The general prosecutor said on Tuesday that the 11 people, including two interior ministry officers, two local fisheries officials and the veterinary chief in the city of Al-Hoceima, were charged with involuntary manslaughter.
The charges were made in connection with the death of a 31-year-old fishmonger, Mouhcine Fikri, last Friday. According to the prosecutor, the man had bought 500 kilograms of swordfish. Fishing the species is banned in Morocco from October 1 to November 30 each year. Fikri's truck was impounded inside the city and a veterinarian decided the food was unfit for consumption because of a lack of documents.
However, papers for destroying the fish were already prepared before seizing it, suggesting that officials had forged public documents.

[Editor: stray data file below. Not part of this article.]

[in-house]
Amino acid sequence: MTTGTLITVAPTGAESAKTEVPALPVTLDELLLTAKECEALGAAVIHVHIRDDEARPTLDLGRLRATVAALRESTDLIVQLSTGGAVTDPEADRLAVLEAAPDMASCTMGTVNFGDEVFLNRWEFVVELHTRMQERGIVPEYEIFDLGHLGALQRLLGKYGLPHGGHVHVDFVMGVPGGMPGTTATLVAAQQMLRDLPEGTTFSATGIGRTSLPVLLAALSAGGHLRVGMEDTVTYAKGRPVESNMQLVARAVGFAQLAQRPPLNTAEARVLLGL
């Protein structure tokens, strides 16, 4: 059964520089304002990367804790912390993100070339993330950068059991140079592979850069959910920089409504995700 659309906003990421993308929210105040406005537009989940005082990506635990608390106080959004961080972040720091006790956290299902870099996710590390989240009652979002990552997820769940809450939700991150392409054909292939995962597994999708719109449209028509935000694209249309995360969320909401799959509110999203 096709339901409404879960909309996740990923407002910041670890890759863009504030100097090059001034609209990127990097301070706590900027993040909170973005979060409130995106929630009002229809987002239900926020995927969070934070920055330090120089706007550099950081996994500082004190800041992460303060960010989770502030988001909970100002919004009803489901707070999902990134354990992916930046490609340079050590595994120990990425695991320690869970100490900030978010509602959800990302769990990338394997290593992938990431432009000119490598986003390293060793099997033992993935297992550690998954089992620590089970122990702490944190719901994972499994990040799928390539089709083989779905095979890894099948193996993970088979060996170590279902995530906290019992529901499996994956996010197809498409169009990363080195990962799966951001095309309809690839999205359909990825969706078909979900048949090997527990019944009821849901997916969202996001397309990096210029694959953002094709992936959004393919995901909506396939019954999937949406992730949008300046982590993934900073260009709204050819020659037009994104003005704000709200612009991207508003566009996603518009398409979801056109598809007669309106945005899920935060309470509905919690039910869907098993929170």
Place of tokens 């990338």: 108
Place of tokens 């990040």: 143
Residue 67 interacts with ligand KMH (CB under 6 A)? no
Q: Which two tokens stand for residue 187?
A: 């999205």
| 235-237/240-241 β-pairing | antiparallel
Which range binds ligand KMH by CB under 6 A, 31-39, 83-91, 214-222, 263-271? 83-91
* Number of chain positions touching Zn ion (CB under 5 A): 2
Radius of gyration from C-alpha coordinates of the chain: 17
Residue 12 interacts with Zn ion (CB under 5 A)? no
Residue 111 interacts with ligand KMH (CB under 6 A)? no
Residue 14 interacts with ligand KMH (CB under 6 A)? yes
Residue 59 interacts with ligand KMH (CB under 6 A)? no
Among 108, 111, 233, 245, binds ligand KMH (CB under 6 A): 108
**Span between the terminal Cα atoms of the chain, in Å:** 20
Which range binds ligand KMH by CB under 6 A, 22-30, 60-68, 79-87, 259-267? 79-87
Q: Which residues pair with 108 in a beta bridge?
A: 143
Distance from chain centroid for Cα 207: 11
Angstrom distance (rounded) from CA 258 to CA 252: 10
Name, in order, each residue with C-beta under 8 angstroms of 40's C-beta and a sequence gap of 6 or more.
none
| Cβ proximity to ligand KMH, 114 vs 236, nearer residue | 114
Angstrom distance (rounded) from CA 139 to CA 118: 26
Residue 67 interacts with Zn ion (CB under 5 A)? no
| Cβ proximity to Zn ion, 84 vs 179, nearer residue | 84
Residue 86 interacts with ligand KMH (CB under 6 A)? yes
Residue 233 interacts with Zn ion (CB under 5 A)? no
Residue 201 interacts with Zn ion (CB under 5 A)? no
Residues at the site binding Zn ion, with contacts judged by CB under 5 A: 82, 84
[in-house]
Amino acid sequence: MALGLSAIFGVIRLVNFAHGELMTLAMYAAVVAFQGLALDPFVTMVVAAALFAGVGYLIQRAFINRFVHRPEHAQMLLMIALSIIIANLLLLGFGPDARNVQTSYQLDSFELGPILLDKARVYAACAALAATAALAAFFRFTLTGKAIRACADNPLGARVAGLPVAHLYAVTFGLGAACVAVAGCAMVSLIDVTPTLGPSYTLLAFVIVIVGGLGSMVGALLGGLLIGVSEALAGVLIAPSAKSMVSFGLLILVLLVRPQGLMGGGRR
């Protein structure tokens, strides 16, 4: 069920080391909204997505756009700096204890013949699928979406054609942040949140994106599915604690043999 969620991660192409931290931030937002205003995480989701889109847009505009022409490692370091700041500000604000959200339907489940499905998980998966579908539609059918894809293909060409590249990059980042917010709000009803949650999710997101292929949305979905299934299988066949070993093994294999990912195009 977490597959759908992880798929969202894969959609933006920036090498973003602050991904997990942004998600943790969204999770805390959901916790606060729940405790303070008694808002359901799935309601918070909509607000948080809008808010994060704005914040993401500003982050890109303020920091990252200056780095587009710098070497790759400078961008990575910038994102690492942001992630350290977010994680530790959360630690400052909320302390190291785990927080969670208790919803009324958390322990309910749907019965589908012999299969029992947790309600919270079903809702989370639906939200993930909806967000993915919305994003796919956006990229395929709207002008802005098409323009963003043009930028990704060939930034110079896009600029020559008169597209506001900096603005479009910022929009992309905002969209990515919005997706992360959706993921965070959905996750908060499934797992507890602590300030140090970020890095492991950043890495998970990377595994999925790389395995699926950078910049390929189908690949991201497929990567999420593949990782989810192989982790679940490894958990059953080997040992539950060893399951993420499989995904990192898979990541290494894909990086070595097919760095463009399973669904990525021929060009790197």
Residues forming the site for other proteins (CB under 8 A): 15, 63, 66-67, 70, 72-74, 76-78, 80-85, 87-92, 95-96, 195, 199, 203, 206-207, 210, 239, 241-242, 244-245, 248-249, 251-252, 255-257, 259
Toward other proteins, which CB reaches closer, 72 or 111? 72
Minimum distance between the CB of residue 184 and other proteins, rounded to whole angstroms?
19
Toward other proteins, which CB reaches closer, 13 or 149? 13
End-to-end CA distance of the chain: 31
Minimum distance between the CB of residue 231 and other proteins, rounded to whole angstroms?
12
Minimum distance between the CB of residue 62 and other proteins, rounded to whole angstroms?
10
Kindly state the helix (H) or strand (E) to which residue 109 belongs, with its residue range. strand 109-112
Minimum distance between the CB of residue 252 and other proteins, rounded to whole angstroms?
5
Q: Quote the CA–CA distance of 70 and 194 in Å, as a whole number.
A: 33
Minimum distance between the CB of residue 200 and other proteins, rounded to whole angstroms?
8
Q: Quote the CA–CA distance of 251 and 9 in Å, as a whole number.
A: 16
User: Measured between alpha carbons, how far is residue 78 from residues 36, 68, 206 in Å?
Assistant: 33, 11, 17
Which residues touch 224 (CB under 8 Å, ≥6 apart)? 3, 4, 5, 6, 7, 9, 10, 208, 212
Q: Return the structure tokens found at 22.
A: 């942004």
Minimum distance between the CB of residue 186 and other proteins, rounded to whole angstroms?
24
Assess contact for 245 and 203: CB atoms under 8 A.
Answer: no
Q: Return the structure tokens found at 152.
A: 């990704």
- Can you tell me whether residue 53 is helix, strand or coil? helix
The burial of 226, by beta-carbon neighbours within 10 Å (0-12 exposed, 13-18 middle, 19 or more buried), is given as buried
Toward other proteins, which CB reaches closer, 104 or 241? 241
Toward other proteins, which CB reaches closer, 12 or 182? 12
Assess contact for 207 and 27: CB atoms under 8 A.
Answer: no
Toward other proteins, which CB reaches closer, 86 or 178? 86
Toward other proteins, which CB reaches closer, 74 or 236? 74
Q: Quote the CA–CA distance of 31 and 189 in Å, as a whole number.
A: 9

Local media said Fikri jumped into the trash truck to try to salvage his wares. He was caught inside the crusher and died. Activists said the garbage men were given orders to crush the man, but state lawyers insisted there was no proof that there was an order to harm the fishmonger.
Thousands of activists took to the streets protesting Fikri's death. The four-day-long demonstrations were among the biggest since pro-reform demonstrations broke out during the 2011 Arab Spring.
Protesters staged rallies in al-Hoceima, in Morocco's north, in Casablanca and the capital Rabat, shouting "Mohcine was murdered, Makhzen is to blame." Makhzen is another word for Morocco's royal establishment. Thousands attended his funeral on Sunday after a picture of his dead body sticking out from the crusher went viral online.
In an effort to curb the unrest - which is rare in the country - King Mohamed ordered the interior minister to personally offer condolences to the fishmonger's family.
mg/msh (Reuters, AFP)